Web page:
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Middle and High School Science Textbooks
A Standards-Based Evaluation

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Does the material provide tasks/questions for students to practice skills or use knowledge in a variety of situations?

Explanation. The purpose of a science literacy curriculum should be to help students learn important science ideas and habits of mind, such as those specified in Benchmarks for Science Literacy and the National Science Education Standards, and be able to draw upon them in a variety of contexts. Among the ways science literate adults use their knowledge and skills are to describe and explain phenomena, to solve practical problems, and to consider alternative positions on issues. Given that students learn well what they practice doing, an important part of learning science consists of giving students several opportunities to exercise their understanding of science, in particular giving them opportunities to practice using scientific knowledge in describing and explaining phenomena, solving practical problems, and considering alternative positions on issues.

Moreover, science literacy means that people will be able to draw upon and use their understanding of science when they encounter events that do not come with labels such as "chemistry," "physics," or "biology"—such as political arguments, discussions of literature, or walks on the beach. Therefore, students will need practice in applying key ideas and skills to new situations. The expectation is that after a few successful transfers of an idea, students would be more likely to scan for it in new situations.

Responding to this criterion involves examining whether the material includes tasks for students to practice using their knowledge to describe, explain, or make predictions about phenomena, to solve practical problems, and to discuss issues (versus just restating information found in the text). For each key idea, the set of tasks provided is examined for sufficiency (in terms of the number and variety of contexts in which the ideas or skills are to be used) and for inclusion of novel tasks (in addition to familiar tasks). When several tasks are provided for a key idea they should increase in complexity (rather than all requiring only simple applications of the key idea or all requiring quite complex applications of it). When several similar tasks are provided, the material is examined to see whether it initially provides feedback to students and then gradually decreases support over the set of similar tasks.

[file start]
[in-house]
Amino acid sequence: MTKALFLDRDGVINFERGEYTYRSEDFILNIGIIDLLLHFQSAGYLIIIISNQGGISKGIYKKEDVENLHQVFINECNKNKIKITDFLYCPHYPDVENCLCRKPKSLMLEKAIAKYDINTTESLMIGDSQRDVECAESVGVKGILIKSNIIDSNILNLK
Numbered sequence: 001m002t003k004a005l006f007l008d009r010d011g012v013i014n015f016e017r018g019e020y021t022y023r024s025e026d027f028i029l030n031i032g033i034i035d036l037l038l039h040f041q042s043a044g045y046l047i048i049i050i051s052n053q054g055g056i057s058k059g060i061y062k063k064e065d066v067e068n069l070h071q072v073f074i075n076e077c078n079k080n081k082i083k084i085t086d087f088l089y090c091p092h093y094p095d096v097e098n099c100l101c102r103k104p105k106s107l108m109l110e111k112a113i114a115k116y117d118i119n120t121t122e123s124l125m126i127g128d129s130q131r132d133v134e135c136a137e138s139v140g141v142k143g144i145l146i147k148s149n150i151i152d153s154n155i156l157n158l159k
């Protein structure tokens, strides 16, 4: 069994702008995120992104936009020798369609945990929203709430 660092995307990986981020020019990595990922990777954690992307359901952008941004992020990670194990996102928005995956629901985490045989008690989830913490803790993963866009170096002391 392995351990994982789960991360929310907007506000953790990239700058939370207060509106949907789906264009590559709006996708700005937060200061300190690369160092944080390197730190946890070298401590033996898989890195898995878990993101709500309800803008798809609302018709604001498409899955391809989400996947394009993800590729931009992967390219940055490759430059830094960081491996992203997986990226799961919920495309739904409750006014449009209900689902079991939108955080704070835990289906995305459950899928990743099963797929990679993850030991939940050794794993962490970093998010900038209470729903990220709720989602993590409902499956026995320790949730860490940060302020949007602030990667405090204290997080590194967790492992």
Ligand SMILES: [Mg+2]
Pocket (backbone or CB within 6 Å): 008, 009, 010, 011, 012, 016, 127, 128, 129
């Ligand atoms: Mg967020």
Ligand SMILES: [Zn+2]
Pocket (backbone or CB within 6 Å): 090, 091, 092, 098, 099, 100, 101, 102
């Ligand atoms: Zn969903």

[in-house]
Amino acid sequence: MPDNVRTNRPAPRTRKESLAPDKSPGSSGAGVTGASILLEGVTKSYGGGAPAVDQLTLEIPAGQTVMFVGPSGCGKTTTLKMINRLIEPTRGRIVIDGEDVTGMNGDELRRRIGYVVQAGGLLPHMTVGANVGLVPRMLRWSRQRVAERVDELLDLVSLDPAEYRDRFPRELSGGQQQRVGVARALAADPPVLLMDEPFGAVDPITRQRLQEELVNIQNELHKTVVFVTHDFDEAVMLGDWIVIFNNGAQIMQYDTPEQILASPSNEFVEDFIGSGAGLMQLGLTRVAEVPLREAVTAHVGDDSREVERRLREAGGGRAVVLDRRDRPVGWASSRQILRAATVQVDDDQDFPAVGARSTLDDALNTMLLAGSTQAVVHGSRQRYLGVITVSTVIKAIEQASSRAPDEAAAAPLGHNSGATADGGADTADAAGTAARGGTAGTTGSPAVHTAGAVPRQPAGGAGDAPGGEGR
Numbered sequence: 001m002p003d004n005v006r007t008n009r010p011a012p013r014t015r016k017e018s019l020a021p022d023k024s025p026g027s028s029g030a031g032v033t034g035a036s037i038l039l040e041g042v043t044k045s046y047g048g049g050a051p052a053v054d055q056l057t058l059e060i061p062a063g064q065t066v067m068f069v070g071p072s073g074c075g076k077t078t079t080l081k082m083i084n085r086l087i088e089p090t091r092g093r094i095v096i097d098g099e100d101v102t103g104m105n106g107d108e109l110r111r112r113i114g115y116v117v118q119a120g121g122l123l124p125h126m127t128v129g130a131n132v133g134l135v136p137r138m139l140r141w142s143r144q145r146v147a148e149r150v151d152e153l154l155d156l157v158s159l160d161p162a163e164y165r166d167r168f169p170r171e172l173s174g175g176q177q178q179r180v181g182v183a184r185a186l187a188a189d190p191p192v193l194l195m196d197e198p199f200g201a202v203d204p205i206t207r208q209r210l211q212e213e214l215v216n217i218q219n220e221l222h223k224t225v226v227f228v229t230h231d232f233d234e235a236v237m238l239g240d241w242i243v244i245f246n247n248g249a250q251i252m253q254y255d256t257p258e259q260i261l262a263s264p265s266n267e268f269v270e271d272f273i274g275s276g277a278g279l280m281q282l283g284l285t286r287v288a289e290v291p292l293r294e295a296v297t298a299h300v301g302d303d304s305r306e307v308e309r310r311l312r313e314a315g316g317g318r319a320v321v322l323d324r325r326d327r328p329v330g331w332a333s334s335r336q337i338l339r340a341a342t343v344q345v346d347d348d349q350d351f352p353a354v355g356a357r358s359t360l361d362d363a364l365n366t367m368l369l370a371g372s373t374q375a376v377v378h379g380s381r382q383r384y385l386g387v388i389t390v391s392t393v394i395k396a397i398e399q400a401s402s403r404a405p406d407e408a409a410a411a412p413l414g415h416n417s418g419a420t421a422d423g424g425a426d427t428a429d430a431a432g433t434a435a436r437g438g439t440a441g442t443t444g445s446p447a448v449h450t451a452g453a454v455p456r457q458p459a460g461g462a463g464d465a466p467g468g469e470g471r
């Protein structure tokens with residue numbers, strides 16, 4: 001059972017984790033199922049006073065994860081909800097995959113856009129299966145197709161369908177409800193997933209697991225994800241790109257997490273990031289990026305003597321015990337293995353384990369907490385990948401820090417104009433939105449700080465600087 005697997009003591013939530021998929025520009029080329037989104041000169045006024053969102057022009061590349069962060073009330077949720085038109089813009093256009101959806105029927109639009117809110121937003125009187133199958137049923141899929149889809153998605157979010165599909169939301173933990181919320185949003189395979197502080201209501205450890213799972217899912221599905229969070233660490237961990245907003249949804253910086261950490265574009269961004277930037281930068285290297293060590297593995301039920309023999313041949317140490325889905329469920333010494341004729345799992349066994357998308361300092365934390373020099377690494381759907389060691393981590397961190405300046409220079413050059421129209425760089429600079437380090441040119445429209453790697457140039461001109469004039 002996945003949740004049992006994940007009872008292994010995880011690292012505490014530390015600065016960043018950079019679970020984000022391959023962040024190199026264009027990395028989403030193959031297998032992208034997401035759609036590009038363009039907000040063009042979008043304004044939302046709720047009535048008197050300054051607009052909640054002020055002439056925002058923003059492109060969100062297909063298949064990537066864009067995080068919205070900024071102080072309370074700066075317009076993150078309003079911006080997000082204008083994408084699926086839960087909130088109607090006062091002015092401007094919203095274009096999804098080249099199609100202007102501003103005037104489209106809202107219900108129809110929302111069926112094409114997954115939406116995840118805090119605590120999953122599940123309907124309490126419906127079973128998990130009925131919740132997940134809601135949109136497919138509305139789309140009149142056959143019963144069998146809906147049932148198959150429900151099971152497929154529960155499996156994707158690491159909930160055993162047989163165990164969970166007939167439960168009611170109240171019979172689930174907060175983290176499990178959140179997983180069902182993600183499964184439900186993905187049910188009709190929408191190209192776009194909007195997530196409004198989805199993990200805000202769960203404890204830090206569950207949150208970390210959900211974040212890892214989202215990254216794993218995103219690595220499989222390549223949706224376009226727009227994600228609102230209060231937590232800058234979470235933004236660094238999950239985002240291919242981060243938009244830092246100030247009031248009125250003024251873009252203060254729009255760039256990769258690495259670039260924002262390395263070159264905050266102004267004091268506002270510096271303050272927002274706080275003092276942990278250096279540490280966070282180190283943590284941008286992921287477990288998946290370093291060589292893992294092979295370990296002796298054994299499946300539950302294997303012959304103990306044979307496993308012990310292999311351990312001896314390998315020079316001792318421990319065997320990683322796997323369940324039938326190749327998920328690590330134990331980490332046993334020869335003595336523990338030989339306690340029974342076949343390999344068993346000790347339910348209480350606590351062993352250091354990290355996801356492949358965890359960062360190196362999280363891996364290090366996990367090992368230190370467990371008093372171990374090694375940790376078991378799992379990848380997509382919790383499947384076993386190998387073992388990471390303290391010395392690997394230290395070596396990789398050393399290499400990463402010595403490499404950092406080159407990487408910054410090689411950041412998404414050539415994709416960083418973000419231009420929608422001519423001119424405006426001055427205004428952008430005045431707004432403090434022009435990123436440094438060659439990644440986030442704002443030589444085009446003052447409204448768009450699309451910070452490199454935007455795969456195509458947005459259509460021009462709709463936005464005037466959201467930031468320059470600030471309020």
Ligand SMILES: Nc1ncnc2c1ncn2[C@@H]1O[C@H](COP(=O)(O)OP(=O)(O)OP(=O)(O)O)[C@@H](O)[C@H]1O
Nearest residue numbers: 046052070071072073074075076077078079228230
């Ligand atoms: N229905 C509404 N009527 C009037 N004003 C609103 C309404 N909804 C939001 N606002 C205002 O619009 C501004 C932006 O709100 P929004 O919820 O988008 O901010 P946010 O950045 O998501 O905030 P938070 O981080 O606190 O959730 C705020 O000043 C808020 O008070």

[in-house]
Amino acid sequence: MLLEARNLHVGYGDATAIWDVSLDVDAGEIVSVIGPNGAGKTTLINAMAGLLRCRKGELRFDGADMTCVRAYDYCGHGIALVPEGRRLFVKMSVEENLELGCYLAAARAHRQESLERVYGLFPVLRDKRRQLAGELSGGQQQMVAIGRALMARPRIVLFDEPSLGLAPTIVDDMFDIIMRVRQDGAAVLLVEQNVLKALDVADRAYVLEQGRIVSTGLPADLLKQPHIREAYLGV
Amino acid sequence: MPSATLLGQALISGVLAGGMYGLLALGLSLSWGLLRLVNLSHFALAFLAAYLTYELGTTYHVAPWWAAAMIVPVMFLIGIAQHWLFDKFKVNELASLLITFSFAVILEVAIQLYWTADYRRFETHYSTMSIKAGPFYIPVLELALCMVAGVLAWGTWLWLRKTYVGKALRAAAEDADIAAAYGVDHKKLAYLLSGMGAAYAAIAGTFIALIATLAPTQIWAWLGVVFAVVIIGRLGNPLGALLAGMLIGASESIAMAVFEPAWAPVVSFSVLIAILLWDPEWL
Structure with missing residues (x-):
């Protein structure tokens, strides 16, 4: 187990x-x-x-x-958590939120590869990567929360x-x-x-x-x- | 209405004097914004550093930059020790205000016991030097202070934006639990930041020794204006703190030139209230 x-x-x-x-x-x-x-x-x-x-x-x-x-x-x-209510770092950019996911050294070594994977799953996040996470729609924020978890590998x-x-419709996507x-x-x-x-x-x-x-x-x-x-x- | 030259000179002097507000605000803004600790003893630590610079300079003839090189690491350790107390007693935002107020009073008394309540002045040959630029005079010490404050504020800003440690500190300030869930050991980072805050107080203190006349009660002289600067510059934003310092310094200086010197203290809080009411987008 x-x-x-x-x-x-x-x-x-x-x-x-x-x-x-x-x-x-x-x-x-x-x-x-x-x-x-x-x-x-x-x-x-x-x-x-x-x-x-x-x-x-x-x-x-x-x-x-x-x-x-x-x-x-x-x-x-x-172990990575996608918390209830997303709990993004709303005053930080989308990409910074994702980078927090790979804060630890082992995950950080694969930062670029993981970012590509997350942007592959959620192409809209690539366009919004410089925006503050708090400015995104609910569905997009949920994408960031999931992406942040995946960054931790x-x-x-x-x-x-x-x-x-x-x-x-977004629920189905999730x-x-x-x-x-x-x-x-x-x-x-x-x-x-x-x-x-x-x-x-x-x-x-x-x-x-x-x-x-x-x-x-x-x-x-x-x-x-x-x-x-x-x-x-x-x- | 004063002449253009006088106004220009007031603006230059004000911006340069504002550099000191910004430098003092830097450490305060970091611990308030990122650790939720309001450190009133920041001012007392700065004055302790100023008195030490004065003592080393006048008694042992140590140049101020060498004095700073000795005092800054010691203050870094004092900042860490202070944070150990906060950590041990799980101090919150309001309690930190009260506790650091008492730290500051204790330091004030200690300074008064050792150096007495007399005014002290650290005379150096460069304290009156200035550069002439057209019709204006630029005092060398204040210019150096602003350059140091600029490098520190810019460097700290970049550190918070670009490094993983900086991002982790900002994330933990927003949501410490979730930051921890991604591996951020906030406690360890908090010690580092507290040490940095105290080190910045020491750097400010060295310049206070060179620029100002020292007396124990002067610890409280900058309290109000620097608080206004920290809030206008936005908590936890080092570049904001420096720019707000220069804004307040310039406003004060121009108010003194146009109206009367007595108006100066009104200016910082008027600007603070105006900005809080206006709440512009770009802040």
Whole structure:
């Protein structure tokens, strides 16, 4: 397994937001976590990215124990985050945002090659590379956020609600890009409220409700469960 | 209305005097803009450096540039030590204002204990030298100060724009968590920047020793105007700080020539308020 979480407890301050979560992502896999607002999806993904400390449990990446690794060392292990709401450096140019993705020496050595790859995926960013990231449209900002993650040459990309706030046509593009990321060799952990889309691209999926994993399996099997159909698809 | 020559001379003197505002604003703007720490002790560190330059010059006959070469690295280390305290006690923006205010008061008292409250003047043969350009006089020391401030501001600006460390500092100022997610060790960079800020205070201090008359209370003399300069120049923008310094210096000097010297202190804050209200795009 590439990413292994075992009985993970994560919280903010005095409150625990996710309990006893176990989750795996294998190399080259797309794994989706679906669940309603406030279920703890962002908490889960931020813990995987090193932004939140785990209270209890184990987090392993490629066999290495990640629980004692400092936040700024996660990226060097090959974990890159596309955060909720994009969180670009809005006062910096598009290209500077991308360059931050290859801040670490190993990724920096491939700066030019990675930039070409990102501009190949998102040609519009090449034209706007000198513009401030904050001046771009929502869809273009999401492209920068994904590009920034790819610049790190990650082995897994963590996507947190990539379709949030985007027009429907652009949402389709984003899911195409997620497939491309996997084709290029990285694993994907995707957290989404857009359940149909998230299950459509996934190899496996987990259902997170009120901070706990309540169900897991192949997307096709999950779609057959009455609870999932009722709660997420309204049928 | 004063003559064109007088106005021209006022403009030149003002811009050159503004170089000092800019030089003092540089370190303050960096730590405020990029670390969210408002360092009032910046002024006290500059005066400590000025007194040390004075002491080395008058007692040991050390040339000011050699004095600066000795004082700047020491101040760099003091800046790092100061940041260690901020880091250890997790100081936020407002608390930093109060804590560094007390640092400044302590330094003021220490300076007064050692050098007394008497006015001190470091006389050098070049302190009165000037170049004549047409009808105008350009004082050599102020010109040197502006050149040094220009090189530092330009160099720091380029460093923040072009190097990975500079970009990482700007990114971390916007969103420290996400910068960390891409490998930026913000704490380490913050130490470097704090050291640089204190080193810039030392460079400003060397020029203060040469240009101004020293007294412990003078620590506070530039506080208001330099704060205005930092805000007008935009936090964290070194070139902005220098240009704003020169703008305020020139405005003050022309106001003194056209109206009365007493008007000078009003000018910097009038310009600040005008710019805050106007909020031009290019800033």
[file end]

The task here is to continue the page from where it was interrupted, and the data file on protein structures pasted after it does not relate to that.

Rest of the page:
Indicators of meeting the criterion

  1. The material provides a sufficient number of tasks in a variety of contexts, including everyday contexts. (In order to determine whether the task/question addresses the actual substance of the key idea, reviewers will need to consider both the question and the expected response in the teacher's guide.)
  2. The material includes novel tasks.
  3. The material provides a sequence of questions or tasks in which the complexity is progressively increased.
  4. The material provides students first with opportunities for guided practice with feedback and then with practice in which the amount of support is gradually decreased.

Rating Scheme
Excellent: The material meets indicators 1, 2, and either 3 or 4.
Satisfactory: The material provides some tasks/questions, including novel tasks.
Poor: The material provides at best some tasks/questions, but no novel tasks.

Reviewers should proceed as follows:

  1. Identify the key ideas for which there is a content match.
  2. Score the treatment of each idea that results from step a. The overall score for this criterion will be the average of the scores for each idea.


To see the text of an indicator, place your mouse cursor over the relevant indicator number. The explanation will appear on your screen.

Key to Chart Symbols
Example(s) meet(s) the indicator.
Example(s) do(es) not meet the indicator.
Example(s) partially meet(s) the indicator.
  Not used to illustrate the indicator.
Life Science
Examples from
  Food, Energy, and Growth  
Physical Science
Examples from
  Matter and Molecules

  Chemistry That Applies
Natural Selection and Evolution
Examples from
  Evolution Module    

  Material A    

  Material B    

  Material C      

  Material D      

  Material E      

  Material F    

  Material G    


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